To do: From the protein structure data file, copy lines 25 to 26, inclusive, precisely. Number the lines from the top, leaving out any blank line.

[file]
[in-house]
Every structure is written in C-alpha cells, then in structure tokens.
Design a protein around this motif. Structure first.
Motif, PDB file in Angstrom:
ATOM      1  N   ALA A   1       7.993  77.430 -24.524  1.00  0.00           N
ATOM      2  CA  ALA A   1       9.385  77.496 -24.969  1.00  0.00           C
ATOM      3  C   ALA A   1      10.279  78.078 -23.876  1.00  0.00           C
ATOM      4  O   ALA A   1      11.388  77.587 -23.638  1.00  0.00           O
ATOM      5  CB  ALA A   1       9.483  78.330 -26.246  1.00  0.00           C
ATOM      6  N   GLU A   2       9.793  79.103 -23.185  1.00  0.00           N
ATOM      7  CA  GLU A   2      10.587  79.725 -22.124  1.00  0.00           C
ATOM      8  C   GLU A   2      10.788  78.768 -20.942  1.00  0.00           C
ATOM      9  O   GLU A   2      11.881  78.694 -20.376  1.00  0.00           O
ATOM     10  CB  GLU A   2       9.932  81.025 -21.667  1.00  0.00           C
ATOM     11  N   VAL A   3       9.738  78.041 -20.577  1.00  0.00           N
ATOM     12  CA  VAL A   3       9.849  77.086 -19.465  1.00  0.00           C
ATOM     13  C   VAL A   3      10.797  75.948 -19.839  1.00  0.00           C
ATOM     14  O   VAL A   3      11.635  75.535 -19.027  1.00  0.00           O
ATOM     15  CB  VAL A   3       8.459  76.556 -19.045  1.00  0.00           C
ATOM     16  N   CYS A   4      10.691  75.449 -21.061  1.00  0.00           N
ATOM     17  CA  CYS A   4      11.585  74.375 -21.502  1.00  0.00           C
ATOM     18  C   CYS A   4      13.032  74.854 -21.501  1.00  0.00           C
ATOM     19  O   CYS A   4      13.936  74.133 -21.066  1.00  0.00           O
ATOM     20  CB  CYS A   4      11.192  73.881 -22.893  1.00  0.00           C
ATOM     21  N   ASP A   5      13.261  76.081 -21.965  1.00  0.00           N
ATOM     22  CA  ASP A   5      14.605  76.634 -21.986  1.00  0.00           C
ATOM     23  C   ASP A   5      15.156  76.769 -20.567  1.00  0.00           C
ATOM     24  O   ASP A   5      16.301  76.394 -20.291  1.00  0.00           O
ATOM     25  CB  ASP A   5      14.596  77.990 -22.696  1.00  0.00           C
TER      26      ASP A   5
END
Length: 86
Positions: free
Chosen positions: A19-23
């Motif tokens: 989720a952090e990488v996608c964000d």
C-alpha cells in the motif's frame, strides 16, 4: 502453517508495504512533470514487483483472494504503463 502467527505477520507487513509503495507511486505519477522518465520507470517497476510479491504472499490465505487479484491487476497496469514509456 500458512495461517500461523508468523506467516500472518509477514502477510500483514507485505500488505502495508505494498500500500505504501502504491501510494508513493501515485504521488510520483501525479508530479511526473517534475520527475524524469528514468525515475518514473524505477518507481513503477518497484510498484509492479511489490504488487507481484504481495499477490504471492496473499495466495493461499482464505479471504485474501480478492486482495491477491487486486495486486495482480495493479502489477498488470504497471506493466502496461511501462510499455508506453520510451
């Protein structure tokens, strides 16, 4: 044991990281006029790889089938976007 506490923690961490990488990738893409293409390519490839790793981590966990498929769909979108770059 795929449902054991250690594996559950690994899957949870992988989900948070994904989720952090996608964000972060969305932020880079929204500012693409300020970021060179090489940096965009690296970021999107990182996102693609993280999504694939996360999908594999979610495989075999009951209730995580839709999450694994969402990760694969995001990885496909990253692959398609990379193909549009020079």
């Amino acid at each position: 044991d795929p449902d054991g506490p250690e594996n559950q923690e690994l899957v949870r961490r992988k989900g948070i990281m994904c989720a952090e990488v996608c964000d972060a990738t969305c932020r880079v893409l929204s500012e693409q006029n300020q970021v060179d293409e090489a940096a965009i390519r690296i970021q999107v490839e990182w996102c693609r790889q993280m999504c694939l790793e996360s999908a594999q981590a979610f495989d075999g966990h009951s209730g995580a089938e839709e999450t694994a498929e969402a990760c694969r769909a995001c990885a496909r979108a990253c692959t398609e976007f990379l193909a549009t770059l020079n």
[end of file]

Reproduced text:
ATOM     21  N   ASP A   5      13.261  76.081 -21.965  1.00  0.00           N
ATOM     22  CA  ASP A   5      14.605  76.634 -21.986  1.00  0.00           C